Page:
INTRODUCTION: Natural and man-made disasters have increased dramatically over the past 15 years. Children are the most vulnerable population in disasters and suffer acute and long-term physical and psychological damage. In 2005, there were 17 million children displaced from their homes as a result of humanitarian emergencies.
OBJECTIVE: The Children in Disasters Project of the Rainbow Center for Global Child Health aims to reduce the traumatic acute and long-term effects of disasters for children by providing training to health professionals and relief workers, both in the United States and around the world, on how to recognize and respond to the special needs of children in disasters.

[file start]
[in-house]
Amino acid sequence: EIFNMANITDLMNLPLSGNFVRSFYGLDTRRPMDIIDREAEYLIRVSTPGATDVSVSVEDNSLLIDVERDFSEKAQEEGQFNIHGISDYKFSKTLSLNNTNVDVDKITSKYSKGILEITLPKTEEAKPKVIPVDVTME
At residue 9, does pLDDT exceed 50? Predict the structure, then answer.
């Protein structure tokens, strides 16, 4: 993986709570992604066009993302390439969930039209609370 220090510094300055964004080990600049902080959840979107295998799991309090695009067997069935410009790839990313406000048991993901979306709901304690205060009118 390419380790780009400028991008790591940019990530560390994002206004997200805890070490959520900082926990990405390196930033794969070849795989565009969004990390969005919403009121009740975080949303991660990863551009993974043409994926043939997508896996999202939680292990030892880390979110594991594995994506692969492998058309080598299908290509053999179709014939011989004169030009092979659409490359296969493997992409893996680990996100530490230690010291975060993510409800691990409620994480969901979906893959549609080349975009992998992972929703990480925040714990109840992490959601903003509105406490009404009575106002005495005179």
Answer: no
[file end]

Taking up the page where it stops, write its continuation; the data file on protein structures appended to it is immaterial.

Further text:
RESULTS: Since 1996 the project has provided intensive, interactive, 5-day training programs entitled “Management of Complex Humanitarian Emergencies: Focus on Children and Families.” These were the first programs to emphasize that children need special attention in disasters. This course has been replicated with colleagues in 9 countries and has trained 980 people to help care for disaster-affected children. Course evaluations have been excellent, and trainees have done well in disaster work.
CONCLUSIONS: Because of ongoing humanitarian emergencies, there is a need to continue training relief workers about the special needs of children.
Submitted by Karen Olness
- Copyright © 2008 by the American Academy of Pediatrics